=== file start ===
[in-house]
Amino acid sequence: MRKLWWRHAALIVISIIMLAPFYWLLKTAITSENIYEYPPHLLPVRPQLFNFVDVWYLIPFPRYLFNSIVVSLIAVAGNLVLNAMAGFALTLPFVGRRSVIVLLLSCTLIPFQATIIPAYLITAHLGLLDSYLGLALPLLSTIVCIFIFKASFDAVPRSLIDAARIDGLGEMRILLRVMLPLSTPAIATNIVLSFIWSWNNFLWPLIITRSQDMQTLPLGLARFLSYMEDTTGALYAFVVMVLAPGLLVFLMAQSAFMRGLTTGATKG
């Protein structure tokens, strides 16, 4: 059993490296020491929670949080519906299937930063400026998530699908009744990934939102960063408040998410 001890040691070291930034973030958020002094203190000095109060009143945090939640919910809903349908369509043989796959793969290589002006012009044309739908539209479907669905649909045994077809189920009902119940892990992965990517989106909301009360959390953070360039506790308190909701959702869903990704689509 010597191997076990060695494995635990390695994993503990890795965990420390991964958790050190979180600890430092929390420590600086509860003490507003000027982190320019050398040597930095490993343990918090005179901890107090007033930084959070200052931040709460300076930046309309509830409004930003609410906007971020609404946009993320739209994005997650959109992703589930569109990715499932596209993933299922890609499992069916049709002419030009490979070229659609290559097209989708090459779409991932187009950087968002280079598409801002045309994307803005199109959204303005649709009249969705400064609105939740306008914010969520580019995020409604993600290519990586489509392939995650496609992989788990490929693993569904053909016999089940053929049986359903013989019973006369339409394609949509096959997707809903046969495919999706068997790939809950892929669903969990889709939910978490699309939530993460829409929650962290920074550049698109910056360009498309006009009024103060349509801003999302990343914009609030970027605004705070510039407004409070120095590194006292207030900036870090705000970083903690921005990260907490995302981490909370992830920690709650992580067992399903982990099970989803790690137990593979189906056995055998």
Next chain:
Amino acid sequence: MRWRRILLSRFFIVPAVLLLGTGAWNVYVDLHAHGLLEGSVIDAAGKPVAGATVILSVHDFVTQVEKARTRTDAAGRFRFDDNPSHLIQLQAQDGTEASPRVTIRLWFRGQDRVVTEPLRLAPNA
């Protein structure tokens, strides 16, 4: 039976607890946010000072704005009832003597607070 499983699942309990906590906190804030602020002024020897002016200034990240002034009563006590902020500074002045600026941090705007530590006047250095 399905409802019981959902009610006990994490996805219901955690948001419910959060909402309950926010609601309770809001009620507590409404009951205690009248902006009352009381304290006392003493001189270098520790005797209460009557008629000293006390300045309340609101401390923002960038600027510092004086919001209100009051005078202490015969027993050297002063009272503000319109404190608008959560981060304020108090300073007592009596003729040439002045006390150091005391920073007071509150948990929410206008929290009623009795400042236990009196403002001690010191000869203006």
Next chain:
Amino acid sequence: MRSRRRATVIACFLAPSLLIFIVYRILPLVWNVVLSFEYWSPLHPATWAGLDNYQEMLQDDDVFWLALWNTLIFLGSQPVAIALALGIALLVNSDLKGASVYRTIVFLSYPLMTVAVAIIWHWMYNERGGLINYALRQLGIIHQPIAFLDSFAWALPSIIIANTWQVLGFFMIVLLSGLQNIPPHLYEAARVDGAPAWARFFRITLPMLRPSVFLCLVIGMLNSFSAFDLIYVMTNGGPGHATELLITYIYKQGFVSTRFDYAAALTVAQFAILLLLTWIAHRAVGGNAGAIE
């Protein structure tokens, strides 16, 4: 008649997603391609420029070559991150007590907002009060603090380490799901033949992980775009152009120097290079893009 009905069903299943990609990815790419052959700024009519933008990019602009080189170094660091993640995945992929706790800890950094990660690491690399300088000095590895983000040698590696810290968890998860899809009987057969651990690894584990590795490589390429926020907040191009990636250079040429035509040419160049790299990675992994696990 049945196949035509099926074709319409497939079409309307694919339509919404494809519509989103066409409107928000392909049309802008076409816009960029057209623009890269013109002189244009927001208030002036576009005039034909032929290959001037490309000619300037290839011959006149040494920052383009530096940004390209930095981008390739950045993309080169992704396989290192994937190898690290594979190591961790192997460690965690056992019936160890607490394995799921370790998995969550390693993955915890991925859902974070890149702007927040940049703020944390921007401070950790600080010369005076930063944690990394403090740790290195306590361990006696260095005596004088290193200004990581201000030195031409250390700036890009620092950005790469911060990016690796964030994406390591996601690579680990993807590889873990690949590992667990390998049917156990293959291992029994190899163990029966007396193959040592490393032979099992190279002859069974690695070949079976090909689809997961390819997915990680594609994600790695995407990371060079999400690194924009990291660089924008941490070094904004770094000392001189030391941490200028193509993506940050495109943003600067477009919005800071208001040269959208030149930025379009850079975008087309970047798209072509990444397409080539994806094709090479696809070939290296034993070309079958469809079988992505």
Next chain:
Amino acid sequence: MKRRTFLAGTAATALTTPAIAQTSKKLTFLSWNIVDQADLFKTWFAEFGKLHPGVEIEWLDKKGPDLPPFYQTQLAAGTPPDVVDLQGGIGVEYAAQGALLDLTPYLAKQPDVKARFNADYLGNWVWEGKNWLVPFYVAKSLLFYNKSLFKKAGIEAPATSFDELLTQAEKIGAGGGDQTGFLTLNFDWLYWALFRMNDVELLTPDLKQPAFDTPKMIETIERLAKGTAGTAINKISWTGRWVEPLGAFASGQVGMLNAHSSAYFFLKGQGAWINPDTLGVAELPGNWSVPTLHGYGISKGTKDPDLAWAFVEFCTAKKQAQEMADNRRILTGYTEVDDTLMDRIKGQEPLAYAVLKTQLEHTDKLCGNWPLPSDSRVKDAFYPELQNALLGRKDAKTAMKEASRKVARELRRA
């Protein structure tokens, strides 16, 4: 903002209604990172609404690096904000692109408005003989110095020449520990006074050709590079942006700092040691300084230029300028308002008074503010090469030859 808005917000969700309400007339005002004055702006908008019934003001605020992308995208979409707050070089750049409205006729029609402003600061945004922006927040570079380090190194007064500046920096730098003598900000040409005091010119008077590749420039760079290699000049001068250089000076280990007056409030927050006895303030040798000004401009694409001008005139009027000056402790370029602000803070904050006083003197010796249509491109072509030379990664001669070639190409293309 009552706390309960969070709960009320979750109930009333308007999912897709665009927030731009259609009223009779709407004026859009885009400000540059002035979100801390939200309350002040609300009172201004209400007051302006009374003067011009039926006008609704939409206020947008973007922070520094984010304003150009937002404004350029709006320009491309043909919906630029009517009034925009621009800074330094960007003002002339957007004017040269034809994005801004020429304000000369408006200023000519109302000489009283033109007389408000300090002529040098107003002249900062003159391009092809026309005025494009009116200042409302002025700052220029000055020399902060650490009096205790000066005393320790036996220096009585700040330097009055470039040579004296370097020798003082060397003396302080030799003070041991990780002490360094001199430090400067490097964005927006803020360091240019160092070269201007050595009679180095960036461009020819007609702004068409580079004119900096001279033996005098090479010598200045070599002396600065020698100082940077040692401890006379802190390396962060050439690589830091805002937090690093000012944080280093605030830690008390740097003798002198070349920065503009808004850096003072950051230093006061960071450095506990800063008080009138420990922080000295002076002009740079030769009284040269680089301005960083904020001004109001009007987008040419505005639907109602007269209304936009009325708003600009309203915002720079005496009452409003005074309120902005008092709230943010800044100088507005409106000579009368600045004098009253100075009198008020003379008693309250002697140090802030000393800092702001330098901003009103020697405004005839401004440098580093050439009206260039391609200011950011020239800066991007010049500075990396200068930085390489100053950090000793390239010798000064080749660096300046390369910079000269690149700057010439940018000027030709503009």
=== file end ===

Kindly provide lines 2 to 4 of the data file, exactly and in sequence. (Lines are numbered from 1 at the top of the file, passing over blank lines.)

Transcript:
Amino acid sequence: MRKLWWRHAALIVISIIMLAPFYWLLKTAITSENIYEYPPHLLPVRPQLFNFVDVWYLIPFPRYLFNSIVVSLIAVAGNLVLNAMAGFALTLPFVGRRSVIVLLLSCTLIPFQATIIPAYLITAHLGLLDSYLGLALPLLSTIVCIFIFKASFDAVPRSLIDAARIDGLGEMRILLRVMLPLSTPAIATNIVLSFIWSWNNFLWPLIITRSQDMQTLPLGLARFLSYMEDTTGALYAFVVMVLAPGLLVFLMAQSAFMRGLTTGATKG
């Protein structure tokens, strides 16, 4: 059993490296020491929670949080519906299937930063400026998530699908009744990934939102960063408040998410 001890040691070291930034973030958020002094203190000095109060009143945090939640919910809903349908369509043989796959793969290589002006012009044309739908539209479907669905649909045994077809189920009902119940892990992965990517989106909301009360959390953070360039506790308190909701959702869903990704689509 010597191997076990060695494995635990390695994993503990890795965990420390991964958790050190979180600890430092929390420590600086509860003490507003000027982190320019050398040597930095490993343990918090005179901890107090007033930084959070200052931040709460300076930046309309509830409004930003609410906007971020609404946009993320739209994005997650959109992703589930569109990715499932596209993933299922890609499992069916049709002419030009490979070229659609290559097209989708090459779409991932187009950087968002280079598409801002045309994307803005199109959204303005649709009249969705400064609105939740306008914010969520580019995020409604993600290519990586489509392939995650496609992989788990490929693993569904053909016999089940053929049986359903013989019973006369339409394609949509096959997707809903046969495919999706068997790939809950892929669903969990889709939910978490699309939530993460829409929650962290920074550049698109910056360009498309006009009024103060349509801003999302990343914009609030970027605004705070510039407004409070120095590194006292207030900036870090705000970083903690921005990260907490995302981490909370992830920690709650992580067992399903982990099970989803790690137990593979189906056995055998």
Next chain: